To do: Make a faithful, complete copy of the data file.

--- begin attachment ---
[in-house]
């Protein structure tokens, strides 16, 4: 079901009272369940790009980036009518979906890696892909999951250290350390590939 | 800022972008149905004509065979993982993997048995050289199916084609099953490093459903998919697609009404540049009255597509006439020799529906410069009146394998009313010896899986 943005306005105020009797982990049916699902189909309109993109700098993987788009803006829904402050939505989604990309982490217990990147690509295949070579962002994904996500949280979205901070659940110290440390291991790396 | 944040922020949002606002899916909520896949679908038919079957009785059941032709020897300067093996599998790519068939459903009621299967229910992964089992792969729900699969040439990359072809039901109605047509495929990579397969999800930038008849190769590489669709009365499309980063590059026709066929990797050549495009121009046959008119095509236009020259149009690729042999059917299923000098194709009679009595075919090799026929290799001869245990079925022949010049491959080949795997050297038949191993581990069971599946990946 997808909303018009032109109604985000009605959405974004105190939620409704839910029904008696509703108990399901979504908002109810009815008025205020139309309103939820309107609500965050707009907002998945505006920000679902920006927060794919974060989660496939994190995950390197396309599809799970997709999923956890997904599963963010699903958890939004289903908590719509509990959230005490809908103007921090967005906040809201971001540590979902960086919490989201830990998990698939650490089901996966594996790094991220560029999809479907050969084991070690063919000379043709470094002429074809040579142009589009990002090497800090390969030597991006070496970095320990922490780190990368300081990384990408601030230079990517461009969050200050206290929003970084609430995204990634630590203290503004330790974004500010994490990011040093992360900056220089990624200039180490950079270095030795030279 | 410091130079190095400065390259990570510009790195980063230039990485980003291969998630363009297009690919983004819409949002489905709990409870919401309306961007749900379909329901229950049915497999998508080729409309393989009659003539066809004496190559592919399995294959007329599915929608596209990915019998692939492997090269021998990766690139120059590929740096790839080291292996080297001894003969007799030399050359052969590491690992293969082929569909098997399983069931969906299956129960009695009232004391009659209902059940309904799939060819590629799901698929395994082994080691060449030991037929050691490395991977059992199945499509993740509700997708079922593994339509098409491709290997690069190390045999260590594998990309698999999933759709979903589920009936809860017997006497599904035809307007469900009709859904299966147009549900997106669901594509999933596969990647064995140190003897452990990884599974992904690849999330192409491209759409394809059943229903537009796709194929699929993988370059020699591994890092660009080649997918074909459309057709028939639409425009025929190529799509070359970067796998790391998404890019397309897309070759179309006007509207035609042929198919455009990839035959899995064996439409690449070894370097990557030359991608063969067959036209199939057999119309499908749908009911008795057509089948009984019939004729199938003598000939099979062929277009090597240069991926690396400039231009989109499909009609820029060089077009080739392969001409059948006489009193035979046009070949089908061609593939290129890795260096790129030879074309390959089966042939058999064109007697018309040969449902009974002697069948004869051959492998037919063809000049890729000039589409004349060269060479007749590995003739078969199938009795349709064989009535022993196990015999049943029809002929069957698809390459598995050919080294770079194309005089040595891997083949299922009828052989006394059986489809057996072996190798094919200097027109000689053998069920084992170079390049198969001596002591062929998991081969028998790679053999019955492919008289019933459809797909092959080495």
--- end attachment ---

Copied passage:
[in-house]
């Protein structure tokens, strides 16, 4: 079901009272369940790009980036009518979906890696892909999951250290350390590939 | 800022972008149905004509065979993982993997048995050289199916084609099953490093459903998919697609009404540049009255597509006439020799529906410069009146394998009313010896899986 943005306005105020009797982990049916699902189909309109993109700098993987788009803006829904402050939505989604990309982490217990990147690509295949070579962002994904996500949280979205901070659940110290440390291991790396 | 944040922020949002606002899916909520896949679908038919079957009785059941032709020897300067093996599998790519068939459903009621299967229910992964089992792969729900699969040439990359072809039901109605047509495929990579397969999800930038008849190769590489669709009365499309980063590059026709066929990797050549495009121009046959008119095509236009020259149009690729042999059917299923000098194709009679009595075919090799026929290799001869245990079925022949010049491959080949795997050297038949191993581990069971599946990946 997808909303018009032109109604985000009605959405974004105190939620409704839910029904008696509703108990399901979504908002109810009815008025205020139309309103939820309107609500965050707009907002998945505006920000679902920006927060794919974060989660496939994190995950390197396309599809799970997709999923956890997904599963963010699903958890939004289903908590719509509990959230005490809908103007921090967005906040809201971001540590979902960086919490989201830990998990698939650490089901996966594996790094991220560029999809479907050969084991070690063919000379043709470094002429074809040579142009589009990002090497800090390969030597991006070496970095320990922490780190990368300081990384990408601030230079990517461009969050200050206290929003970084609430995204990634630590203290503004330790974004500010994490990011040093992360900056220089990624200039180490950079270095030795030279 | 410091130079190095400065390259990570510009790195980063230039990485980003291969998630363009297009690919983004819409949002489905709990409870919401309306961007749900379909329901229950049915497999998508080729409309393989009659003539066809004496190559592919399995294959007329599915929608596209990915019998692939492997090269021998990766690139120059590929740096790839080291292996080297001894003969007799030399050359052969590491690992293969082929569909098997399983069931969906299956129960009695009232004391009659209902059940309904799939060819590629799901698929395994082994080691060449030991037929050691490395991977059992199945499509993740509700997708079922593994339509098409491709290997690069190390045999260590594998990309698999999933759709979903589920009936809860017997006497599904035809307007469900009709859904299966147009549900997106669901594509999933596969990647064995140190003897452990990884599974992904690849999330192409491209759409394809059943229903537009796709194929699929993988370059020699591994890092660009080649997918074909459309057709028939639409425009025929190529799509070359970067796998790391998404890019397309897309070759179309006007509207035609042929198919455009990839035959899995064996439409690449070894370097990557030359991608063969067959036209199939057999119309499908749908009911008795057509089948009984019939004729199938003598000939099979062929277009090597240069991926690396400039231009989109499909009609820029060089077009080739392969001409059948006489009193035979046009070949089908061609593939290129890795260096790129030879074309390959089966042939058999064109007697018309040969449902009974002697069948004869051959492998037919063809000049890729000039589409004349060269060479007749590995003739078969199938009795349709064989009535022993196990015999049943029809002929069957698809390459598995050919080294770079194309005089040595891997083949299922009828052989006394059986489809057996072996190798094919200097027109000689053998069920084992170079390049198969001596002591062929998991081969028998790679053999019955492919008289019933459809797909092959080495």